And the racist, fascist, pig prison patrol at SCI Rockview made sure that he completed that sentence.
“Now years go by as I struggle to evolve and mature within a cell I now view as my casket. Some days I’m hopeless … some days I’m focused. But every day I realize that after 14 years I am no longer growing … I am deteriorating – emotionally, physically, psychologically and spiritually.”
My sincere condolences go out to the family and friends of J-Rock, who was the latest victim of fascist Amerika’s unchecked brutality against prisoners – specifically minority prisoners – all across Amerika.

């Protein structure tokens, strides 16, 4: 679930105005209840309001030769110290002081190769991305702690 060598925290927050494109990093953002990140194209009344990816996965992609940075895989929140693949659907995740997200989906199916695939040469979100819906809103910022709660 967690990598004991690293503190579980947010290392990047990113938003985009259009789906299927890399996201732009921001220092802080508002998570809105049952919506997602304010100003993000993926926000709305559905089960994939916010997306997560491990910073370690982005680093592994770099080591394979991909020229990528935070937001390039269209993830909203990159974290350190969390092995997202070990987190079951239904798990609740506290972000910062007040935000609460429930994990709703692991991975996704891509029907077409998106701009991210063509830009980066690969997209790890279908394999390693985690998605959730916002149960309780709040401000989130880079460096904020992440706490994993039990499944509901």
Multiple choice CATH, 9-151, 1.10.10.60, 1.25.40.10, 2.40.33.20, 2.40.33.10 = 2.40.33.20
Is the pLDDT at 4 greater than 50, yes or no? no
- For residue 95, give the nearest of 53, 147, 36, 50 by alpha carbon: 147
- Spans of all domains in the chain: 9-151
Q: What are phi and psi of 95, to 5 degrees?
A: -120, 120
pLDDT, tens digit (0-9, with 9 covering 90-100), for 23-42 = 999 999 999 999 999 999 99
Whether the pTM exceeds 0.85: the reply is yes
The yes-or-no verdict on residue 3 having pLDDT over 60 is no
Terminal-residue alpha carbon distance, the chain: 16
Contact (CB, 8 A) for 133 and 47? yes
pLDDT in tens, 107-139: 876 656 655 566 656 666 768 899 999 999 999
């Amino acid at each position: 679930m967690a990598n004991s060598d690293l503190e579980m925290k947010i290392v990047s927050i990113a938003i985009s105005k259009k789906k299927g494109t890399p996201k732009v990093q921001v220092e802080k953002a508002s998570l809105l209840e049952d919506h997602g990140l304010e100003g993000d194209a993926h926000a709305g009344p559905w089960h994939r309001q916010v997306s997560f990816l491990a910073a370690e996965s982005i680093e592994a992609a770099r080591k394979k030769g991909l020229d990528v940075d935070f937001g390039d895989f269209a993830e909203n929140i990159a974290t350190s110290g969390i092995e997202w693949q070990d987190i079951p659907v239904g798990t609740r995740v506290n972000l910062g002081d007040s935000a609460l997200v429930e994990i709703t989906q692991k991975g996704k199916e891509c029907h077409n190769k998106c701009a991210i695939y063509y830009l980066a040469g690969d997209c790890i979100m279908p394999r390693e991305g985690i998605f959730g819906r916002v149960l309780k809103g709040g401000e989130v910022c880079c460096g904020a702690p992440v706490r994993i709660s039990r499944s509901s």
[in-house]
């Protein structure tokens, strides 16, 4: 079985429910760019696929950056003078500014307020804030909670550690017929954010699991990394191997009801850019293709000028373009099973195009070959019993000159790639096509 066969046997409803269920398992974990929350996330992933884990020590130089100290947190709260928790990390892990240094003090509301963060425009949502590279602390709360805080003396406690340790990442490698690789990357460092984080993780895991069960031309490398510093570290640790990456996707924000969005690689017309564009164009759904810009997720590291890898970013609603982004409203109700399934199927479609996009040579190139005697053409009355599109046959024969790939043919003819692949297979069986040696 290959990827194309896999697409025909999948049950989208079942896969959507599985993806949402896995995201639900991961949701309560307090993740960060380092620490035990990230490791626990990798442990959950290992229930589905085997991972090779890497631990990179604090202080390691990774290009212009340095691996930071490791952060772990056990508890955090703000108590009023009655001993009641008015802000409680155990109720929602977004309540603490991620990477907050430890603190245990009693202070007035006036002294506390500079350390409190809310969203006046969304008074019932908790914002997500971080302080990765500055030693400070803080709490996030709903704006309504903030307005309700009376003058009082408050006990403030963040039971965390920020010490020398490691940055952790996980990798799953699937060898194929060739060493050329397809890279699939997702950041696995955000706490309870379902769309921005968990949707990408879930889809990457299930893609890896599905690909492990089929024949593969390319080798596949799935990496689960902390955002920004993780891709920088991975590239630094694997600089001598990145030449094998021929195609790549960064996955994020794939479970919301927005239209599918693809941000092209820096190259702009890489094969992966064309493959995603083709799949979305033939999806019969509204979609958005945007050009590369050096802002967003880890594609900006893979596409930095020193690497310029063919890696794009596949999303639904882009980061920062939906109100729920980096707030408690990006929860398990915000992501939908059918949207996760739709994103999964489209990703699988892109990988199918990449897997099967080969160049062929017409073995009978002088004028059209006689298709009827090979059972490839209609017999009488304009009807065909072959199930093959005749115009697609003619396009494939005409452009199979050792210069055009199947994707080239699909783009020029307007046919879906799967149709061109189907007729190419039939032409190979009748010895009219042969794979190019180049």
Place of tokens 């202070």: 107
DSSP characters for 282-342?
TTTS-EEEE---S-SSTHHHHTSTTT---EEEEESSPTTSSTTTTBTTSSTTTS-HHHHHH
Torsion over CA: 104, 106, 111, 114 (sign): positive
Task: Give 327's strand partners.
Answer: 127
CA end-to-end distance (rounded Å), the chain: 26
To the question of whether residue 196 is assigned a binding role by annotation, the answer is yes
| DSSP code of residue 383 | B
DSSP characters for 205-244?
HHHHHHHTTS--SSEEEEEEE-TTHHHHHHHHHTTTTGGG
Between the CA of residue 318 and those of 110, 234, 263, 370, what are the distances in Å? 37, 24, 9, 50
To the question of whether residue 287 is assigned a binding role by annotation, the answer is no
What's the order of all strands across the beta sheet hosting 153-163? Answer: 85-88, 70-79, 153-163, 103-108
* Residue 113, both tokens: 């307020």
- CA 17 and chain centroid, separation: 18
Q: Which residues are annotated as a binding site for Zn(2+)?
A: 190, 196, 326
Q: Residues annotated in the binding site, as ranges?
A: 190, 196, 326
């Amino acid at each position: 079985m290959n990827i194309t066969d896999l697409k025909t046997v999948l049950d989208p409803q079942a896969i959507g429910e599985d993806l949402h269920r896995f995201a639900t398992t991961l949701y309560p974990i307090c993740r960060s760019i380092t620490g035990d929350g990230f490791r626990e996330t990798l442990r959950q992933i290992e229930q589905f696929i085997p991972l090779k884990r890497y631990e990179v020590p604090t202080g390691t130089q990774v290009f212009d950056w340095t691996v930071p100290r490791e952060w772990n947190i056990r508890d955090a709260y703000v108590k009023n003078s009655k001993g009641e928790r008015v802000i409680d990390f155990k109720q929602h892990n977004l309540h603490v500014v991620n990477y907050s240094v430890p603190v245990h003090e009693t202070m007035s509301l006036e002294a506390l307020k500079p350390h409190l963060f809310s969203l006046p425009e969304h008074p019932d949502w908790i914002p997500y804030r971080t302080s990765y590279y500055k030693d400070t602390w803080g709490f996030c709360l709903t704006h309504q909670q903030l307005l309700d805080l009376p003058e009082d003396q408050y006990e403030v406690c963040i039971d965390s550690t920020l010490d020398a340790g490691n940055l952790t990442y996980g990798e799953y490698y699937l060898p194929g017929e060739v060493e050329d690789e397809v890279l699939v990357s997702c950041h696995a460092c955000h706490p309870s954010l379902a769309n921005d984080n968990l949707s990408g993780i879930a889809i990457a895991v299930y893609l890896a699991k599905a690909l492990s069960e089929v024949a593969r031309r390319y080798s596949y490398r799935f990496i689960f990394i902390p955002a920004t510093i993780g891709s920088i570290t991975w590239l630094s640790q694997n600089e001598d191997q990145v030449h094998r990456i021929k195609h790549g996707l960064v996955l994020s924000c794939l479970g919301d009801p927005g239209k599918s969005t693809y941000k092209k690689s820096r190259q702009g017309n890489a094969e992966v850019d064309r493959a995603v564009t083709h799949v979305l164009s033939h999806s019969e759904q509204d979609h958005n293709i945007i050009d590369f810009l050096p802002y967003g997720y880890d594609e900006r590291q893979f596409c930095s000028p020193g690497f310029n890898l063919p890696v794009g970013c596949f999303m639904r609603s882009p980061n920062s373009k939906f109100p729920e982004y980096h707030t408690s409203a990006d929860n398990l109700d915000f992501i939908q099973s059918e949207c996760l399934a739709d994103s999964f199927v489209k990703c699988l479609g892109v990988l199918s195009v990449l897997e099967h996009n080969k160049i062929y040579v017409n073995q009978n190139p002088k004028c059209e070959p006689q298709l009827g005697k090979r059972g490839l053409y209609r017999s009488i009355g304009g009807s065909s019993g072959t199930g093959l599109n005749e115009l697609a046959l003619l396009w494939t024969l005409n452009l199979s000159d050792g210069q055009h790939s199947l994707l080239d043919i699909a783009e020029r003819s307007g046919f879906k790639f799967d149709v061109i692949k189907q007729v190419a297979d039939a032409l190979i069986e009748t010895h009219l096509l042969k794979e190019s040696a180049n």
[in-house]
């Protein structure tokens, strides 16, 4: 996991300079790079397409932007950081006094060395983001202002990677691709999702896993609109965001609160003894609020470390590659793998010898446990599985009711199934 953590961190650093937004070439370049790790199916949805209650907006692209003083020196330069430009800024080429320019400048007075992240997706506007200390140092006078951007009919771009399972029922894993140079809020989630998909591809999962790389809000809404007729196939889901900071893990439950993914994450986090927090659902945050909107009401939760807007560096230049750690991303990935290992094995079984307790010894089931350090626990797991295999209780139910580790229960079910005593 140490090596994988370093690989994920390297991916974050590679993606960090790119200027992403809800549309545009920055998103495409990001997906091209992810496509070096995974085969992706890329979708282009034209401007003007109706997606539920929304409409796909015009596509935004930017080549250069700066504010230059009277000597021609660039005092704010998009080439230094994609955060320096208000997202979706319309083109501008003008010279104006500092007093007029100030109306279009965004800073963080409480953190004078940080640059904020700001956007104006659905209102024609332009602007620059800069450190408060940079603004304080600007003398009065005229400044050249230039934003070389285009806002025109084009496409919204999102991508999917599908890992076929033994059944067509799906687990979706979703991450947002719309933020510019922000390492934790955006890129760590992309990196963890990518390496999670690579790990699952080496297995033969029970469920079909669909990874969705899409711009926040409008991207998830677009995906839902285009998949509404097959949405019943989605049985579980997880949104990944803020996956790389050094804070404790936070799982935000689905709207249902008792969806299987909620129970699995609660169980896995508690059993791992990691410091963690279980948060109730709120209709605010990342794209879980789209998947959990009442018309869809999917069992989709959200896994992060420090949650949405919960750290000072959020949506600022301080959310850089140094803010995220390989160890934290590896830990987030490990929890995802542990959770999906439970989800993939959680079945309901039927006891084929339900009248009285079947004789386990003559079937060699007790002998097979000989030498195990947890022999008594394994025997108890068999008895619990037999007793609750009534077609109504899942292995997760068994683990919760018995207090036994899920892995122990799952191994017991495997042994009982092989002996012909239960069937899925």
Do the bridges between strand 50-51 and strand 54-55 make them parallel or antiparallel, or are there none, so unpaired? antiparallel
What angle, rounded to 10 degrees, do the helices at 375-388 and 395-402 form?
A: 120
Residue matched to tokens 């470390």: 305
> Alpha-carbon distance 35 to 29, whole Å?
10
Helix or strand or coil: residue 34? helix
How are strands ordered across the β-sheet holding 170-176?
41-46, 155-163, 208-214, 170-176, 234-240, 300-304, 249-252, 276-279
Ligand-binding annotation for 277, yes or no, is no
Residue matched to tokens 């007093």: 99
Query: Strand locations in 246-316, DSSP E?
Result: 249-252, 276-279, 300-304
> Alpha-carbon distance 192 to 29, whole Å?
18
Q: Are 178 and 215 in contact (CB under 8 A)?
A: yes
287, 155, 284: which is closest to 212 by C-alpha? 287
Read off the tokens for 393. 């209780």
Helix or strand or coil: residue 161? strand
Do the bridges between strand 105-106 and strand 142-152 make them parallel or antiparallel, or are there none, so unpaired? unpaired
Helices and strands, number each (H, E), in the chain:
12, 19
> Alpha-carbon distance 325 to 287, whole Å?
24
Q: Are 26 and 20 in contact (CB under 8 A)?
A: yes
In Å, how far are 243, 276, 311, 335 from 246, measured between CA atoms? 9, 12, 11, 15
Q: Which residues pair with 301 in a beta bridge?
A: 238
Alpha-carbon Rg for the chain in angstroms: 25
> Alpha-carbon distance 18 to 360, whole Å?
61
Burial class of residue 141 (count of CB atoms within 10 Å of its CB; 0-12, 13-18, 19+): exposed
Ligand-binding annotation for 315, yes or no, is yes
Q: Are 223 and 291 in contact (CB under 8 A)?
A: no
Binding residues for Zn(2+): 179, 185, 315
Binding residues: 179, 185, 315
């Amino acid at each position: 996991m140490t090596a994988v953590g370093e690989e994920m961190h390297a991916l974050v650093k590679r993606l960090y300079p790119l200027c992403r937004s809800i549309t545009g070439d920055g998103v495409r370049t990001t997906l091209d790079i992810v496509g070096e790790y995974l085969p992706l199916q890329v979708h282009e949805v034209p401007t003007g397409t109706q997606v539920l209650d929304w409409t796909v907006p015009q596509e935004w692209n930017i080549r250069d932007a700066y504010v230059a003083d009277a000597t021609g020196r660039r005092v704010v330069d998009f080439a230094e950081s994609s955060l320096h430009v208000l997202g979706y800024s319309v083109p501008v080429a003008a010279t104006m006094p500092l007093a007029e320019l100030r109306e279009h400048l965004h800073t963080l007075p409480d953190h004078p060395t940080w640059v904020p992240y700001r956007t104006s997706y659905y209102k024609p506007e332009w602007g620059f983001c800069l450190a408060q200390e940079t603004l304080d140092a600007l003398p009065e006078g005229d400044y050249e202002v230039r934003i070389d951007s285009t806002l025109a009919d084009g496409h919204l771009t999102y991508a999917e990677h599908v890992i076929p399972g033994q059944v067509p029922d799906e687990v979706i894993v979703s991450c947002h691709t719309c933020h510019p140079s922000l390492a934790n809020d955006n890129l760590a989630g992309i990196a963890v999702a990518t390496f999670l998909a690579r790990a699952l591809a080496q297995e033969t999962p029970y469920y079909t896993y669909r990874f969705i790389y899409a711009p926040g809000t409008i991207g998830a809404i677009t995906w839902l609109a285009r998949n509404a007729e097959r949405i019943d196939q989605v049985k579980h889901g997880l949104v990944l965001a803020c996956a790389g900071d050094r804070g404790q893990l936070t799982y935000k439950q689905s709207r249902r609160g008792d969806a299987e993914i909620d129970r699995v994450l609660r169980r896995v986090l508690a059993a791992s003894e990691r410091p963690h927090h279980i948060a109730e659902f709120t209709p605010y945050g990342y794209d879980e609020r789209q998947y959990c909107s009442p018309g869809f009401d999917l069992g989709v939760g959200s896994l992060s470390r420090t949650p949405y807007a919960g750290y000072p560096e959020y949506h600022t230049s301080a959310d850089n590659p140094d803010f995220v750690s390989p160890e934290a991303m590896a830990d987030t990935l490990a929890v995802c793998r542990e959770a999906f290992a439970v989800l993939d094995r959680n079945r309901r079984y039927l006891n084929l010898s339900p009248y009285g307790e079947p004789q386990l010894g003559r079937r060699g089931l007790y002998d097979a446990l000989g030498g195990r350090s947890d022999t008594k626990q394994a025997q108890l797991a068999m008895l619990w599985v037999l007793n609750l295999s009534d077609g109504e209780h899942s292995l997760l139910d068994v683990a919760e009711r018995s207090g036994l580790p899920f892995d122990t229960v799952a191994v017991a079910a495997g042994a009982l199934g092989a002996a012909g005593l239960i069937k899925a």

Prisoners are sent to “the hole” – solitary confinement – like this unit in a Pennsylvania prison most often, they say, for protesting prison conditions, especially if they’re Black or Brown.
During a cell extraction, J-Rock was murdered by racist pigs for allegedly refusing to cuff up and exit his cell. A number of reports reveal that he did agree to be handcuffed, but the pigs – looking for some “action” – refused to follow protocol and opted for the more inhumane extraction. The Vietnam-raid, SWAT-style techniques to extract a “piece of shit murderer” from his cell proved to be too appealing to a bunch of bloodthirsty racists.
For the record, John Carter was a victim. He was sentenced to serve life without parole for participating in a robbery where an innocent man was killed. He always took responsibility for his actions. Still, his case put on full display two – of many – components of Amerikan society that have been neglected over and over.